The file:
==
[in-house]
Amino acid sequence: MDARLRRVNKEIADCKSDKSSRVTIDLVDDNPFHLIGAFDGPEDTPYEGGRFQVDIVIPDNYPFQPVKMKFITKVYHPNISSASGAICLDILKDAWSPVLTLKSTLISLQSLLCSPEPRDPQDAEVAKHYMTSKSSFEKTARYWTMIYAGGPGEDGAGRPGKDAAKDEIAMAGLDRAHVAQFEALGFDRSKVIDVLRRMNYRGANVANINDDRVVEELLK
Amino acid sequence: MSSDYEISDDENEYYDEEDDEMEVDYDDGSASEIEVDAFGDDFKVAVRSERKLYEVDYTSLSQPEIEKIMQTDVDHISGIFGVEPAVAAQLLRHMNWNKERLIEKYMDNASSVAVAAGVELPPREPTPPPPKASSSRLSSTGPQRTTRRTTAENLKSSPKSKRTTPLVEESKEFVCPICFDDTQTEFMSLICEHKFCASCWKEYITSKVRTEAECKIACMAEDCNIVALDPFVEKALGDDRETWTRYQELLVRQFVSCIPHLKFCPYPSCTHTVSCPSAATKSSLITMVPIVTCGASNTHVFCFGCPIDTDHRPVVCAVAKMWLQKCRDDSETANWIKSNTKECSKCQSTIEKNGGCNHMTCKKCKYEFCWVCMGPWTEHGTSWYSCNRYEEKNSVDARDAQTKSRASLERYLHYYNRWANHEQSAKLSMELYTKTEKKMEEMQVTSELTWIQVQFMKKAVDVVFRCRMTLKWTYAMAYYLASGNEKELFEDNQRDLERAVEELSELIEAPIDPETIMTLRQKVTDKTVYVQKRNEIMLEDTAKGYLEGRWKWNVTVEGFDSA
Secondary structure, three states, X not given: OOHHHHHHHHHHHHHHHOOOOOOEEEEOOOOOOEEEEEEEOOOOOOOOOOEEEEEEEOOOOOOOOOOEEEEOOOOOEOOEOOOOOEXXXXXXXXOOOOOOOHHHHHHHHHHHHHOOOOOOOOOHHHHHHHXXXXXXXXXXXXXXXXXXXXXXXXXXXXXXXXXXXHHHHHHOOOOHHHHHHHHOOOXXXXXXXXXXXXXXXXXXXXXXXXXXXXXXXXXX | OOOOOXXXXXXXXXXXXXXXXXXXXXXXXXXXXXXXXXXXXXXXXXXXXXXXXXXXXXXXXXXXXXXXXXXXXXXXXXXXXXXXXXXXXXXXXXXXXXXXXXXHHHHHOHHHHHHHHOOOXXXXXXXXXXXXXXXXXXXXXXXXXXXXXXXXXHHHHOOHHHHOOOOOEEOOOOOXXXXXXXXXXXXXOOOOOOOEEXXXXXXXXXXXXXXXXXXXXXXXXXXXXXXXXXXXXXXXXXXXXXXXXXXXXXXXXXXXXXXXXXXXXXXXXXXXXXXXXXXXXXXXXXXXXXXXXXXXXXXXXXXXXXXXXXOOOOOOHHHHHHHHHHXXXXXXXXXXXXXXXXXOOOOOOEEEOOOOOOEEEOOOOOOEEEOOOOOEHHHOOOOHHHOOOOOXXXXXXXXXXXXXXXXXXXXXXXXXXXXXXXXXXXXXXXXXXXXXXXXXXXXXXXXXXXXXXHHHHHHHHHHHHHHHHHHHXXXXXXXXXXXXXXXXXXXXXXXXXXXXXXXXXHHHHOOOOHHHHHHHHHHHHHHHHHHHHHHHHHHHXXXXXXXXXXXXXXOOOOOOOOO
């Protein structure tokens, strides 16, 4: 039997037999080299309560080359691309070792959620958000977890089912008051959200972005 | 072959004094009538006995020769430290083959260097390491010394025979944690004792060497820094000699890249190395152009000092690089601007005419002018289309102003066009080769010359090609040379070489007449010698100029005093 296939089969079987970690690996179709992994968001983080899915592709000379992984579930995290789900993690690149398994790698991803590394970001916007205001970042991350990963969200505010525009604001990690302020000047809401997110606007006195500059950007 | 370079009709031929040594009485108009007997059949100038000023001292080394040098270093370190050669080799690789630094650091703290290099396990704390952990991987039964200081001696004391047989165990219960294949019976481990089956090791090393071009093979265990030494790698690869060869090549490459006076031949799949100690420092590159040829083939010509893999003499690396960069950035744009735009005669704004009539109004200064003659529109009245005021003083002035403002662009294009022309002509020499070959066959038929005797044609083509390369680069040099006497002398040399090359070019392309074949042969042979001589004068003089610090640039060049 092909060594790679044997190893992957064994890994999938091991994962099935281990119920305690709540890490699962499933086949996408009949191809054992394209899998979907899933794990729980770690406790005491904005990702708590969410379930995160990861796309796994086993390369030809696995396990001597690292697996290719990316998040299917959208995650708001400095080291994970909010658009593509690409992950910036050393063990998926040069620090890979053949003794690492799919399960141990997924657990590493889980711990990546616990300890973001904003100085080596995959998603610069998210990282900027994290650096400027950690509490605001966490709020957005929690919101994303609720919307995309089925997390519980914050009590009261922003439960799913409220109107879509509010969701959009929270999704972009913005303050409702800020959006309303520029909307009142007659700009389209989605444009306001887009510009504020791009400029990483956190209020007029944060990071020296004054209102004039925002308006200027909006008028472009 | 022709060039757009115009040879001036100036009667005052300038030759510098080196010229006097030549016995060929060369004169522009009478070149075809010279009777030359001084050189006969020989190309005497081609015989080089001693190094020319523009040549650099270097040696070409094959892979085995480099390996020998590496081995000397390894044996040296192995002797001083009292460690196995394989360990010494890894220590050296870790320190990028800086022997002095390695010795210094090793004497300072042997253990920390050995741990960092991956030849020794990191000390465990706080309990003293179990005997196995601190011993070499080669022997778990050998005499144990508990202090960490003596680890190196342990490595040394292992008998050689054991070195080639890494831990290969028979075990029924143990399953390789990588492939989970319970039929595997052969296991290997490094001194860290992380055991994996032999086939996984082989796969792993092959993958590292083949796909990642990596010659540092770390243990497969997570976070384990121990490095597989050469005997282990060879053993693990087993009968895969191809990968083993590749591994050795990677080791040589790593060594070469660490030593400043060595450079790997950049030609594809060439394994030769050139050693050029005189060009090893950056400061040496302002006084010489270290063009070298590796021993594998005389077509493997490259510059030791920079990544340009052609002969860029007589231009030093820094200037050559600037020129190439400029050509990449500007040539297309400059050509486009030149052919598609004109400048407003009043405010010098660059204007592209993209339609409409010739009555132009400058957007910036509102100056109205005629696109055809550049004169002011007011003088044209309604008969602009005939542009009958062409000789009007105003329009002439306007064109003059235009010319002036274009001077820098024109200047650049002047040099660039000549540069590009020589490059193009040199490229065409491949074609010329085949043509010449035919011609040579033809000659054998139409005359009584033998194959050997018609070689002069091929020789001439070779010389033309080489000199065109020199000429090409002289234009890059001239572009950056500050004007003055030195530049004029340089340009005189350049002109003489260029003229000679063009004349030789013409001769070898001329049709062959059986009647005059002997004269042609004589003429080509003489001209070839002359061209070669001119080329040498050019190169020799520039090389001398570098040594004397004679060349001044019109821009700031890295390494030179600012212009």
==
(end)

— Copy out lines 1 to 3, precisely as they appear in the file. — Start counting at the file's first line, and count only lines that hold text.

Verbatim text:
[in-house]
Amino acid sequence: MDARLRRVNKEIADCKSDKSSRVTIDLVDDNPFHLIGAFDGPEDTPYEGGRFQVDIVIPDNYPFQPVKMKFITKVYHPNISSASGAICLDILKDAWSPVLTLKSTLISLQSLLCSPEPRDPQDAEVAKHYMTSKSSFEKTARYWTMIYAGGPGEDGAGRPGKDAAKDEIAMAGLDRAHVAQFEALGFDRSKVIDVLRRMNYRGANVANINDDRVVEELLK
Amino acid sequence: MSSDYEISDDENEYYDEEDDEMEVDYDDGSASEIEVDAFGDDFKVAVRSERKLYEVDYTSLSQPEIEKIMQTDVDHISGIFGVEPAVAAQLLRHMNWNKERLIEKYMDNASSVAVAAGVELPPREPTPPPPKASSSRLSSTGPQRTTRRTTAENLKSSPKSKRTTPLVEESKEFVCPICFDDTQTEFMSLICEHKFCASCWKEYITSKVRTEAECKIACMAEDCNIVALDPFVEKALGDDRETWTRYQELLVRQFVSCIPHLKFCPYPSCTHTVSCPSAATKSSLITMVPIVTCGASNTHVFCFGCPIDTDHRPVVCAVAKMWLQKCRDDSETANWIKSNTKECSKCQSTIEKNGGCNHMTCKKCKYEFCWVCMGPWTEHGTSWYSCNRYEEKNSVDARDAQTKSRASLERYLHYYNRWANHEQSAKLSMELYTKTEKKMEEMQVTSELTWIQVQFMKKAVDVVFRCRMTLKWTYAMAYYLASGNEKELFEDNQRDLERAVEELSELIEAPIDPETIMTLRQKVTDKTVYVQKRNEIMLEDTAKGYLEGRWKWNVTVEGFDSA